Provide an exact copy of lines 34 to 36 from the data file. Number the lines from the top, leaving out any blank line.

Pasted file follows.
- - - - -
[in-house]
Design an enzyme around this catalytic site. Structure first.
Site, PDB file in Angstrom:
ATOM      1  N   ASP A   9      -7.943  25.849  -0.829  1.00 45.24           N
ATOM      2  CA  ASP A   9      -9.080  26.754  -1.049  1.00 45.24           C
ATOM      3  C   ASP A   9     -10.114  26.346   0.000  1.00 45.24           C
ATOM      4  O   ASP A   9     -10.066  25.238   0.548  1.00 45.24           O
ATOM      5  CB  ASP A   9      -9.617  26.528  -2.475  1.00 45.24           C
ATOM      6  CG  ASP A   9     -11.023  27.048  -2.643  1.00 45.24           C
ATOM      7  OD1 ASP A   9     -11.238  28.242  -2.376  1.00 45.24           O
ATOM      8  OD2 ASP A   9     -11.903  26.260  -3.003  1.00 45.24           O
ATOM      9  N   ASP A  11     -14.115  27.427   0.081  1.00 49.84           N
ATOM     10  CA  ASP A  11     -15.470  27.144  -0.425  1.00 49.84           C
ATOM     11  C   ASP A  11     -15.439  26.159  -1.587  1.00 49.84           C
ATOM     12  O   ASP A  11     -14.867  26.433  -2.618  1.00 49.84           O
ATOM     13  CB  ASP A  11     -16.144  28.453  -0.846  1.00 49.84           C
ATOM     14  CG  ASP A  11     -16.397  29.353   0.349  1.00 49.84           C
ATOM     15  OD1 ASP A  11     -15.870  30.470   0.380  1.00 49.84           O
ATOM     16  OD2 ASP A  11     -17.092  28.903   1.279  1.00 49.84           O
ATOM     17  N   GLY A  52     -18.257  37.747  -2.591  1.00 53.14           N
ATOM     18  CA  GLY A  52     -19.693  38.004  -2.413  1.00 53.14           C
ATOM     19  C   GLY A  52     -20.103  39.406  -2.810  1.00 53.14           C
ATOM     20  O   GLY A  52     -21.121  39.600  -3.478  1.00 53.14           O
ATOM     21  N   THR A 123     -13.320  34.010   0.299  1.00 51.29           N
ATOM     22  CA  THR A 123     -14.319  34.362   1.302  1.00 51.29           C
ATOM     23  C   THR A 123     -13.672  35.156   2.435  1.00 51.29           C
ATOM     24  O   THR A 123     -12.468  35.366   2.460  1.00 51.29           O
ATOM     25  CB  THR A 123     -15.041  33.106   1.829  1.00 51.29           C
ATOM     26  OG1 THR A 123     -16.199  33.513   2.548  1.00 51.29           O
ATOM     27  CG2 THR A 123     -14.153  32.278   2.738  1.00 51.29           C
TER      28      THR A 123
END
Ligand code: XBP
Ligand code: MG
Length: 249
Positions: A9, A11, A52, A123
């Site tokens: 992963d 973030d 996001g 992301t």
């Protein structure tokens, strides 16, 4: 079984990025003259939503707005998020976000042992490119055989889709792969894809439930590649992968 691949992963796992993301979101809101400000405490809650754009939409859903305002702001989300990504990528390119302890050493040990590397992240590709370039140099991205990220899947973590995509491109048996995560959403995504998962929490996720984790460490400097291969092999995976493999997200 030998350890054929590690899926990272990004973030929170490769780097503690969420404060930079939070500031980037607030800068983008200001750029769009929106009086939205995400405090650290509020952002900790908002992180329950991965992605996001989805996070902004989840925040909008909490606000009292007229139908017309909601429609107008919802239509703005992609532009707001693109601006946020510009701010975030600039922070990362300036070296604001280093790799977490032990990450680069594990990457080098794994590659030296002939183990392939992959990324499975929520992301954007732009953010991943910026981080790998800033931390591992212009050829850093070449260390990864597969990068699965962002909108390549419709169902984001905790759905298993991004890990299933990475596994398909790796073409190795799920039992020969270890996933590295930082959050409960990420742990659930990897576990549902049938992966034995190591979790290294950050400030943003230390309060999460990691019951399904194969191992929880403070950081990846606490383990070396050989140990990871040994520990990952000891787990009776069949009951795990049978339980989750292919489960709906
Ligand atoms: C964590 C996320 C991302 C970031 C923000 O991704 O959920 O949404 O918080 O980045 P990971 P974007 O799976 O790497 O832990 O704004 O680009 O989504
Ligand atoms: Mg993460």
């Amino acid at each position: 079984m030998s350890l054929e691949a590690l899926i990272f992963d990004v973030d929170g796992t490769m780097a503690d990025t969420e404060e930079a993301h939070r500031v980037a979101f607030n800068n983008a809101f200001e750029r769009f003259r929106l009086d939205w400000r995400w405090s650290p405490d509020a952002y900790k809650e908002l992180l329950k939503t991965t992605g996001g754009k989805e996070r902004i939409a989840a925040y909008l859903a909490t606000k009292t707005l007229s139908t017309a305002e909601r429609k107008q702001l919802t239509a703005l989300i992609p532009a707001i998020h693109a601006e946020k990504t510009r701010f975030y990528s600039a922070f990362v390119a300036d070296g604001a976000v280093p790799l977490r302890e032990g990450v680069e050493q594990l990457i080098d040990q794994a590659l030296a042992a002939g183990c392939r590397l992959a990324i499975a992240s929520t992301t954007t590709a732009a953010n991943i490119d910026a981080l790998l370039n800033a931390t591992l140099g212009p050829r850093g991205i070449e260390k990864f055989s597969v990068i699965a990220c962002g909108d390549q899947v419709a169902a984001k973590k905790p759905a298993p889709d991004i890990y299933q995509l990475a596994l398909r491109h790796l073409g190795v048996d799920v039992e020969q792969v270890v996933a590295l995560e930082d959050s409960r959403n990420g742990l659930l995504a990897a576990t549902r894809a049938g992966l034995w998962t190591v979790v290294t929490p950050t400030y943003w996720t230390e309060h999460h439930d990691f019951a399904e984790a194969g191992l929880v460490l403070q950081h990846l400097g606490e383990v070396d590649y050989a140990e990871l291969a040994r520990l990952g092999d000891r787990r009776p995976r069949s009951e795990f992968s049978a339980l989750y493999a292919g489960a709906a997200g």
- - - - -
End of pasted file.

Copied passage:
Ligand code: MG
Length: 249
Positions: A9, A11, A52, A123